Fall 2014 - 62860 - PA397C - Advanced Empirical Methods for Policy Analysis
Qualitative Methods for Social Sciences
This graduate class is designed to complement existing courses on methods and quantitative techniques of data collection and analysis that already exist at the LBJ School, as well as in the Sociology and Geography departments. Depending upon the final class size, instruction will be largely through a lecture format although much of the work will be conducted in small groups working on a collaborative research design utilizing and applying different qualitative methods. Specifically the aim of this course is to develop awareness and expertise in a range of qualitative survey research methods, approaches and designs, ranging from participant observational techniques through semi-structured interviewing to more formal questionnaire and census-type surveys. The course will address issues of research project design and targeting, sampling, ethnography, case studies, ethics, data and informational handling arising from the different techniques, as well as the preparation of final reports based upon social survey analysis. Participants will be required to undertake IRB training at the outset.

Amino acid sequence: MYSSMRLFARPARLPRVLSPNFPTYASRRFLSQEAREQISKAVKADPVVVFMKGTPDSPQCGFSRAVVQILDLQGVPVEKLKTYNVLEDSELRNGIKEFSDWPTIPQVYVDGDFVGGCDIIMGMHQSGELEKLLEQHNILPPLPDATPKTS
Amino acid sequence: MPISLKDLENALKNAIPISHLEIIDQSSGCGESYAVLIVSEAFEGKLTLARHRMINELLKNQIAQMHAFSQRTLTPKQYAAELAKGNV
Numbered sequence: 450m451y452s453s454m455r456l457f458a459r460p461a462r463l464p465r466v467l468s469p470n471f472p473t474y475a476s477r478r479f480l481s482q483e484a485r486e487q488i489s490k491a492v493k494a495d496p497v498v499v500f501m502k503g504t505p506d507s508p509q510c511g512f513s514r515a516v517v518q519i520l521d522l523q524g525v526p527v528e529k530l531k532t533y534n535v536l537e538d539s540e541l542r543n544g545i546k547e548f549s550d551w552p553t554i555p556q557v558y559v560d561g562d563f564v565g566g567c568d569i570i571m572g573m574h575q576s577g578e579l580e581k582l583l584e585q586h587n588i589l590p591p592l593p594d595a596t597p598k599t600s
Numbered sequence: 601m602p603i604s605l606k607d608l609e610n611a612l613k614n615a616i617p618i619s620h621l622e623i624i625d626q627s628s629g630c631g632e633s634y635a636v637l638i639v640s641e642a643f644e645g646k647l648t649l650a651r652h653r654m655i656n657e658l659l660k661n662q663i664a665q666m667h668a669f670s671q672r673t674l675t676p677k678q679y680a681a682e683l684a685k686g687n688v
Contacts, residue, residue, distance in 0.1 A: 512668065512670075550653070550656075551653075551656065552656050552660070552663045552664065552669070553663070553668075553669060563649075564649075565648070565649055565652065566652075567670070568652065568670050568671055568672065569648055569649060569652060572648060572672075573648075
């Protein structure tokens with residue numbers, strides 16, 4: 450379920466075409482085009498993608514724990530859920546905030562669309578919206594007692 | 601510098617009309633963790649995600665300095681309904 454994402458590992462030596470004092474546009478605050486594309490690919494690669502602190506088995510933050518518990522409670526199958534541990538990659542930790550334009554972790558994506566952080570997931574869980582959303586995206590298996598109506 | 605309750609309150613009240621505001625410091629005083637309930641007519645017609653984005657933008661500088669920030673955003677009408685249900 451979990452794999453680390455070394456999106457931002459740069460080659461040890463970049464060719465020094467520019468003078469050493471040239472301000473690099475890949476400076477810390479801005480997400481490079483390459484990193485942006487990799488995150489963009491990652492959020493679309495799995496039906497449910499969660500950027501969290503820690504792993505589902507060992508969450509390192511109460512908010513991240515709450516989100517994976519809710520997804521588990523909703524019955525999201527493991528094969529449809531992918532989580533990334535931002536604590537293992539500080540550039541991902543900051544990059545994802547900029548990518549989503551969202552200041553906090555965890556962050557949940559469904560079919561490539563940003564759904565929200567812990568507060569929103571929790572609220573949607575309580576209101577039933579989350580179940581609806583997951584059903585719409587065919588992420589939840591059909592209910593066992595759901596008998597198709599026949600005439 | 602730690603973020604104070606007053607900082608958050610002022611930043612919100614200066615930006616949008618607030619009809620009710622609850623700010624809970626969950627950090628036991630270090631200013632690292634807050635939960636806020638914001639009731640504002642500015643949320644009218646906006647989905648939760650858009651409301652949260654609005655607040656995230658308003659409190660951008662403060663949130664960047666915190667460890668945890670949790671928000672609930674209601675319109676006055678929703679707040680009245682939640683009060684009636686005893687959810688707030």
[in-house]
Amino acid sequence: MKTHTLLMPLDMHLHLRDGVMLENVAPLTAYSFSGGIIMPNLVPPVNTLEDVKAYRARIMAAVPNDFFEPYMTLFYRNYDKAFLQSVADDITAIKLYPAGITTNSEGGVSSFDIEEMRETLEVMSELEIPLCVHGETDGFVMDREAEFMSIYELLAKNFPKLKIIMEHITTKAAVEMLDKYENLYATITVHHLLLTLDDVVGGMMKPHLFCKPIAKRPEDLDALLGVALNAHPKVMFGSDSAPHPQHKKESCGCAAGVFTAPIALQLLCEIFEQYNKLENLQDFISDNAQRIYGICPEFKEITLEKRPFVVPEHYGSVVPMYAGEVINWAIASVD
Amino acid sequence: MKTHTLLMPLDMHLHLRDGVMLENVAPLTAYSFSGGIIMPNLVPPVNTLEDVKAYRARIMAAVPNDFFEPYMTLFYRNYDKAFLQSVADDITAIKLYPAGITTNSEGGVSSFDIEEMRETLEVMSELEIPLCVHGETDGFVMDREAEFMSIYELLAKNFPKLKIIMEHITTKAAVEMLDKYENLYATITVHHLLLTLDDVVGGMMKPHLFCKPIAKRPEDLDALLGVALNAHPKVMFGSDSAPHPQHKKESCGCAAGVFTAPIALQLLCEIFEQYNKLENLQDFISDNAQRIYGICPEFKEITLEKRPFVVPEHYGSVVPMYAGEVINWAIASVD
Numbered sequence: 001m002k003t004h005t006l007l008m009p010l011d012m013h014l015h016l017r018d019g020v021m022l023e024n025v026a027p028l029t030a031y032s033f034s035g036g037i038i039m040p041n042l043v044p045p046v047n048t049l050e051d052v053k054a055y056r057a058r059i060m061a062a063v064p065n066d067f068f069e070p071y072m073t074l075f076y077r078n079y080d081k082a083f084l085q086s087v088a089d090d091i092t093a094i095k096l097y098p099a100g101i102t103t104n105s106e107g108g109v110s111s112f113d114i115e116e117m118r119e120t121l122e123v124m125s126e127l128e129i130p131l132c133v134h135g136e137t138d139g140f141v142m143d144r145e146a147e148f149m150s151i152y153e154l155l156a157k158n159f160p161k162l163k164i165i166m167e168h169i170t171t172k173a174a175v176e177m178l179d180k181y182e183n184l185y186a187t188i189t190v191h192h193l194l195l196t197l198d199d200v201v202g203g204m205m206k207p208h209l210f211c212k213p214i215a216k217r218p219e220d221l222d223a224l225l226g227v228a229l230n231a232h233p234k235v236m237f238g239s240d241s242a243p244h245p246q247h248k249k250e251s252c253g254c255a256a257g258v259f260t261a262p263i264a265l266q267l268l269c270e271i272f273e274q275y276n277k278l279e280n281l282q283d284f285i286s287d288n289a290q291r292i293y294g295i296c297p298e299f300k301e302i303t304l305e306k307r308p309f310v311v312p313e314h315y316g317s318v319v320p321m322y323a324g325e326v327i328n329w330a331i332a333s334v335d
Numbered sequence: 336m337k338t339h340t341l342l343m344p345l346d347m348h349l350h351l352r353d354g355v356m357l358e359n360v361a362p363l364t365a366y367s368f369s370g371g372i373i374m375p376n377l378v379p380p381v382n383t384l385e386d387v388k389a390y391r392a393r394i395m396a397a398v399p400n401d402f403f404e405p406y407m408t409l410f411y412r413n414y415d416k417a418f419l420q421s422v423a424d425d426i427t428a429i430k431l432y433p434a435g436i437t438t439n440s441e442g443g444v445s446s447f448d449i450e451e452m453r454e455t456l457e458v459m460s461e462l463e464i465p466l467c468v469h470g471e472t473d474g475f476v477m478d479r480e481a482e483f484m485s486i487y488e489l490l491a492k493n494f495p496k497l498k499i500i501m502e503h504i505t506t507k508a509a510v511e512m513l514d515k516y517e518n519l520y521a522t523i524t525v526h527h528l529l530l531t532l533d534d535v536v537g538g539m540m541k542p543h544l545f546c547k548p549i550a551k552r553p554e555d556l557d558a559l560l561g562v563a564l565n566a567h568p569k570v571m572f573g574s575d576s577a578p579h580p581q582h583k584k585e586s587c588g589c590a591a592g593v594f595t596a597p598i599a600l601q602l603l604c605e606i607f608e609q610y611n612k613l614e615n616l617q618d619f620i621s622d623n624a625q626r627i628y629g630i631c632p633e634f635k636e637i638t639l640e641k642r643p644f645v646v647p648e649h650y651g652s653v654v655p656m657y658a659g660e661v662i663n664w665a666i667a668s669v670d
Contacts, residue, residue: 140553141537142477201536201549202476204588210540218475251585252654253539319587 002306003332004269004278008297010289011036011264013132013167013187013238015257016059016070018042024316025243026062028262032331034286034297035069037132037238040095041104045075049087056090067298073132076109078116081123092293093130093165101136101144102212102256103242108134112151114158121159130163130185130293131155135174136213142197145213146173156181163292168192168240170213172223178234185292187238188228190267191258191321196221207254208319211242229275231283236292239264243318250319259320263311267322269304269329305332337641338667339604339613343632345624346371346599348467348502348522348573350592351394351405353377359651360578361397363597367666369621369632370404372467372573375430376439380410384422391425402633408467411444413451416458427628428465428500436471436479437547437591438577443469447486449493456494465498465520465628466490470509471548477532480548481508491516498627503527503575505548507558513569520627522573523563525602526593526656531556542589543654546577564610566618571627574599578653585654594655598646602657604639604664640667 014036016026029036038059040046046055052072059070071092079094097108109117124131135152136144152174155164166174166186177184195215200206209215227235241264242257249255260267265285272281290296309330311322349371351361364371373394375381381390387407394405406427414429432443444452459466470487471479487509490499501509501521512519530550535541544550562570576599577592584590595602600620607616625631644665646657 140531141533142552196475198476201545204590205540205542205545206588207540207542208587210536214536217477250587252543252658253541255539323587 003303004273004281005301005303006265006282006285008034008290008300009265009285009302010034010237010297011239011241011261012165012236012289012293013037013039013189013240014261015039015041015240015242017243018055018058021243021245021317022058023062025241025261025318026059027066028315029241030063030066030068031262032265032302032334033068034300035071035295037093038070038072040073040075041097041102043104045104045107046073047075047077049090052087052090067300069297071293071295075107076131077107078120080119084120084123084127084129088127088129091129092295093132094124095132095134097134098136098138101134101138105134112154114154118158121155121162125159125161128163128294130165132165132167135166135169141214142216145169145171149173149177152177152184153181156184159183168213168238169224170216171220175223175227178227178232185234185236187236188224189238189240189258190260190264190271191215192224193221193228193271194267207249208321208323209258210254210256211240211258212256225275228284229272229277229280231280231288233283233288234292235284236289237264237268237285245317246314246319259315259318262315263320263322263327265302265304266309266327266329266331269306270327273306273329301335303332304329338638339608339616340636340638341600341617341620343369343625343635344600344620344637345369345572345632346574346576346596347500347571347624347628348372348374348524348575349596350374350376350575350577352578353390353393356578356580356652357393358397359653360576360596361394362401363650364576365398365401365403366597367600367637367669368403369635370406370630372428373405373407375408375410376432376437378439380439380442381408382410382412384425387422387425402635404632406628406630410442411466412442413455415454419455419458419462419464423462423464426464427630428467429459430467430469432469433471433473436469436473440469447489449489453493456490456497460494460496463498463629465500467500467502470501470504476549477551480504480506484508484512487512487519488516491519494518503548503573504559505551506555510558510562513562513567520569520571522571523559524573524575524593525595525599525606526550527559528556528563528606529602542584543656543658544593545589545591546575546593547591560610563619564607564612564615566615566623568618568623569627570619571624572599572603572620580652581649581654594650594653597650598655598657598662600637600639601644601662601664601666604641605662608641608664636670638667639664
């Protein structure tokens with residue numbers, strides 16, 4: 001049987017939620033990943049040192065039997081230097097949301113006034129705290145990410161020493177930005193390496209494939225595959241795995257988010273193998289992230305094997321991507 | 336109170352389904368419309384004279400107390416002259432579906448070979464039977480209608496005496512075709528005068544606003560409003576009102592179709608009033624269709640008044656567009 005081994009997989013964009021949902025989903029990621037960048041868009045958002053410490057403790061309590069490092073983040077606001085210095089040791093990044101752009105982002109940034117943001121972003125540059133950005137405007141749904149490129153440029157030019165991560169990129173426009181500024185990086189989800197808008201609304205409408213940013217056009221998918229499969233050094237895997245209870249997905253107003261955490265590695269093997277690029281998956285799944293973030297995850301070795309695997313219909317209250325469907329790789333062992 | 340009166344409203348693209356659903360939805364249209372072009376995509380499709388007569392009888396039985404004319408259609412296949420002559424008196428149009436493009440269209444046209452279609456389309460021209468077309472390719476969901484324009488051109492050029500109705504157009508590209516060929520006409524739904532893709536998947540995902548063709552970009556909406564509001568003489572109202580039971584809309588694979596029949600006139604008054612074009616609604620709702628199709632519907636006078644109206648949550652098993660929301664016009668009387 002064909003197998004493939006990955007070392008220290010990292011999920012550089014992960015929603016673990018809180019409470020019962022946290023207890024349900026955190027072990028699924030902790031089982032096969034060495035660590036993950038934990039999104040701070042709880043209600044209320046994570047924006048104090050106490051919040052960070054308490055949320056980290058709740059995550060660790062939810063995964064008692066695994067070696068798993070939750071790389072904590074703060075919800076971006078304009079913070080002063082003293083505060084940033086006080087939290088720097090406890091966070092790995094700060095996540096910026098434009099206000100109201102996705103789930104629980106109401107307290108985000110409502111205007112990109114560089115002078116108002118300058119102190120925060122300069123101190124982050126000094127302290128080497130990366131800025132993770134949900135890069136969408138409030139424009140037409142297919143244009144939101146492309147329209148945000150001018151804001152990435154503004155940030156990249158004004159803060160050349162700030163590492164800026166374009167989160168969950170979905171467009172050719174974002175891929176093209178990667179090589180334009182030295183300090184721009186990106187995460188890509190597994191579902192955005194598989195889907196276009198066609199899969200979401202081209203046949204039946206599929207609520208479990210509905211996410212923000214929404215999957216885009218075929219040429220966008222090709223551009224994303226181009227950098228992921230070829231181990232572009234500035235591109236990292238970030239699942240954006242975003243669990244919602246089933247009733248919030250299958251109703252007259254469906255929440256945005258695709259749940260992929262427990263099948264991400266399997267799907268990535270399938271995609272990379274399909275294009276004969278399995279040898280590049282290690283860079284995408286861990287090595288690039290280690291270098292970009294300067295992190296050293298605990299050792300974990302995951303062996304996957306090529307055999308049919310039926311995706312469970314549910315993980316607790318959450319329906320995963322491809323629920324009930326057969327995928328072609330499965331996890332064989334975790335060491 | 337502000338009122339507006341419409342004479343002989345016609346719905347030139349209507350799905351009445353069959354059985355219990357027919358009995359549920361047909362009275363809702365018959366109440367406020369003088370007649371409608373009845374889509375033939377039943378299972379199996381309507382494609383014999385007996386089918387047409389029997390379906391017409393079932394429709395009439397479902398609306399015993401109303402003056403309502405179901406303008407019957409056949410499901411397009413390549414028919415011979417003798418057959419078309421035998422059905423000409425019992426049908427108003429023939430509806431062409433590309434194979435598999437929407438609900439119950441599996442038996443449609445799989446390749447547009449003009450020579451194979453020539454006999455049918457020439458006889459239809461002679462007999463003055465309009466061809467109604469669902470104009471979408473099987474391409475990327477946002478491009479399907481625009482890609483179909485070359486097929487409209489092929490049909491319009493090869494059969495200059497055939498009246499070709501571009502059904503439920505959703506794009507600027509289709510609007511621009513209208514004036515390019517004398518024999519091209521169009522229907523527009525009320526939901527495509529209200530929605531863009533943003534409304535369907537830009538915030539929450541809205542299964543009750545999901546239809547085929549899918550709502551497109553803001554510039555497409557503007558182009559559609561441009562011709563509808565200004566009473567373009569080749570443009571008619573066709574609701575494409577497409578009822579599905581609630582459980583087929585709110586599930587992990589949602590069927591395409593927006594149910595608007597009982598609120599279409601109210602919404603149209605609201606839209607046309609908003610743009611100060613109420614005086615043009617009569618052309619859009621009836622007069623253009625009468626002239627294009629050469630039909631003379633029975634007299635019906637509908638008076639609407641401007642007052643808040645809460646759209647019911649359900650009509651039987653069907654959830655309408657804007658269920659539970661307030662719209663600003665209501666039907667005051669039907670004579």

Among the specific methods in which training will be offered are: Observational Techniques (participant, "mass", focus groups, social monitoring, etc.); Ethnography, Case Studies; Content Analysis; Focus Groups; "Elite"/Key Informant Interviewing; Questionnaire Design and Application; Qualitative Data Analysis and Presentation/Writing, Behavioral/Psychological testing (TAT Tests, Repertory Grids etc.).
It is designed for two principal constituencies: first, for Ph.D. students who are (usually) in the earlier stages of their doctoral programs; and second, for Master students especially those embarking upon their PR’s and theses, although it also forms part of the extended core curriculum in the masters’ program at the LBJ School of Public Affairs. Each semester students work in small groups to develop a real research design on a topic that will be used throughout the semester, and which will apply each of the techniques in turn. Thus, a primary element of the course is to develop "hands-on" experience in adapting a range of qualitative research techniques to that group’s research design. The research question identified usually will be a project for which no definitive outcome is expected, other than that of having fun developing the training exercises itself.
Final Assessment will be assigned thus: 30% for the Final (Group) Report; 30% for an unseen essay exam (three hours); and 40% for class participation and performance (which will include the book report and an element of peer group assessment).